• Saran wrap: I just use the tops that go with my dishes.
    • Alternatively, you can also try any brand of bee’s wax wrap like Bee’s Wrap (1% for the planet, certified B Corp).
  • Tinfoil: I put food directly on the pan or use silicone baking mats.

Kitchen Items

'paper' towels and cloth napkins

I can’t believe how long it took me to make this swap which it’s so much better than what I was using before! This is one swap even friends who are hesitant to change their products love! Sponges are gross! They make your hands smell after you use them and don’t last very long. Wooden dish brushes scrub better and last a full year, not to mention you don’t have to worry about your hands smelling gross after using. They also make it easy to use a castile soap bar instead of liquid dish soap. The wood brushes are compostable and some even come with just replacing the head so even less is wasted and castile soap is packaged in paper and has less transportation cost.

If you still have trouble with needing to get a good scrub a plastic pan scraper that can last forever fixes that issue and is even easier than using a sponge and won’t scratch your dishes like steel wool.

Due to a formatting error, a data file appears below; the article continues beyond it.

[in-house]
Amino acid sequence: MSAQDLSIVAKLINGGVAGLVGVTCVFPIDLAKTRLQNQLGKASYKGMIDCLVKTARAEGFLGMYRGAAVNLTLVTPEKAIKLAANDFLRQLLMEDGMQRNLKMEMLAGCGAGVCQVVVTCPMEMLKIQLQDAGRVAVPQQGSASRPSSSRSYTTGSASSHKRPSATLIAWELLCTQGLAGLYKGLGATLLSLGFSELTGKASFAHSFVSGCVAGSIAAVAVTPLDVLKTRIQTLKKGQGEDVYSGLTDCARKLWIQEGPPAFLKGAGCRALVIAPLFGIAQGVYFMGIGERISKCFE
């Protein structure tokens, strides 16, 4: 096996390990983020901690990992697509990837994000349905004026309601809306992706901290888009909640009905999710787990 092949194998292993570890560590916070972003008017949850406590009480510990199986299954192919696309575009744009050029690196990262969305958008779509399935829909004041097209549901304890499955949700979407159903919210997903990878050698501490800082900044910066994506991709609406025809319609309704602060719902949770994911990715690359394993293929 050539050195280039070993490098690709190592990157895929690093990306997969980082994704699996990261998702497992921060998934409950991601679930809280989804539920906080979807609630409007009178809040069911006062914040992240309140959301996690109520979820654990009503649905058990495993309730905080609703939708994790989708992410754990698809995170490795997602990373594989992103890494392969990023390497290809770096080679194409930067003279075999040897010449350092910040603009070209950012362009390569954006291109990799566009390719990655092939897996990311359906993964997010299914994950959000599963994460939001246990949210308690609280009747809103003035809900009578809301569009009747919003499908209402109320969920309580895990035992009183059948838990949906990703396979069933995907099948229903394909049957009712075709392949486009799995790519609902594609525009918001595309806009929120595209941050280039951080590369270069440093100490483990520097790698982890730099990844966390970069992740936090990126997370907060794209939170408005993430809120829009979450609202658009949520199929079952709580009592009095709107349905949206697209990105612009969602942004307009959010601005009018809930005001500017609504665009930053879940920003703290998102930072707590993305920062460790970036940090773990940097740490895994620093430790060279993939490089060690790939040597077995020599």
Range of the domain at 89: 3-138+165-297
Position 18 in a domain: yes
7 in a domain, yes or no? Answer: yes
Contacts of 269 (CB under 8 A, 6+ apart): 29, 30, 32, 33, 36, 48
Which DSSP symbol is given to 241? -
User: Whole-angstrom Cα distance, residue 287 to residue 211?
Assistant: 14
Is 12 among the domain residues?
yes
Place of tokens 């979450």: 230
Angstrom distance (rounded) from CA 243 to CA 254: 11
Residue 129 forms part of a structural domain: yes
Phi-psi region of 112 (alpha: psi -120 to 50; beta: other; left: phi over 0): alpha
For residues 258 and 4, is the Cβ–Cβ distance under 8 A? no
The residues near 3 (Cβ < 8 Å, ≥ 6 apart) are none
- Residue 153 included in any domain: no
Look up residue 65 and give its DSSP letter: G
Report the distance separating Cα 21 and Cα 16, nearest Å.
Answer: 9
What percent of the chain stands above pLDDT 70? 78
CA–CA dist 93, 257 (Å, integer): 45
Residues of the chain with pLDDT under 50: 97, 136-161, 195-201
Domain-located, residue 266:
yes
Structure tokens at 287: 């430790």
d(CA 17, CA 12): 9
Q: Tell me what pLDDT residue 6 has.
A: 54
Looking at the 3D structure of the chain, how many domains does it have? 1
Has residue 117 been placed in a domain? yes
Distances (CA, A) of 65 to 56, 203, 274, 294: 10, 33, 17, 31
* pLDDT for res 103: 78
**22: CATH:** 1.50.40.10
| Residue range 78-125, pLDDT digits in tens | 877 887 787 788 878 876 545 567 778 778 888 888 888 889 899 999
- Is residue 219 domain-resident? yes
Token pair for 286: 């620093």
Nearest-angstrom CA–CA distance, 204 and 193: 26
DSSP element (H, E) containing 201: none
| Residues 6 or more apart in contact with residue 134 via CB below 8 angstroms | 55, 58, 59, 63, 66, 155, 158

I switched my dishwasher detergent to pods that don’t use plastic (which would add microplastics to the water) and are packaged in paper. It’s super convenient, takes up less space, and is better for the planet. Boxes of detergent are an alternative as well but I find they can harden sometimes and having the pods avoids that issue for me. I am also going to try their laundry detergent once I’m out of what I already have, so I can order 2 products off the same site.

If you are a heavy napkin or paper towel user it’s easy to switch to using some kind of cloth napkin or towels that can be washed and reused. If you don’t already have something handy to make this swap you can also purchase products that are cloth ‘paper’ towels. My mom had material we used to cut up and hem into ‘paper’ towels shown in the photo.

Specific products pictured that I use or am trying:

  • Sponge: Wood dish brushes
    • The linked version is an option where you just replace the head of the brush which saves even more waste.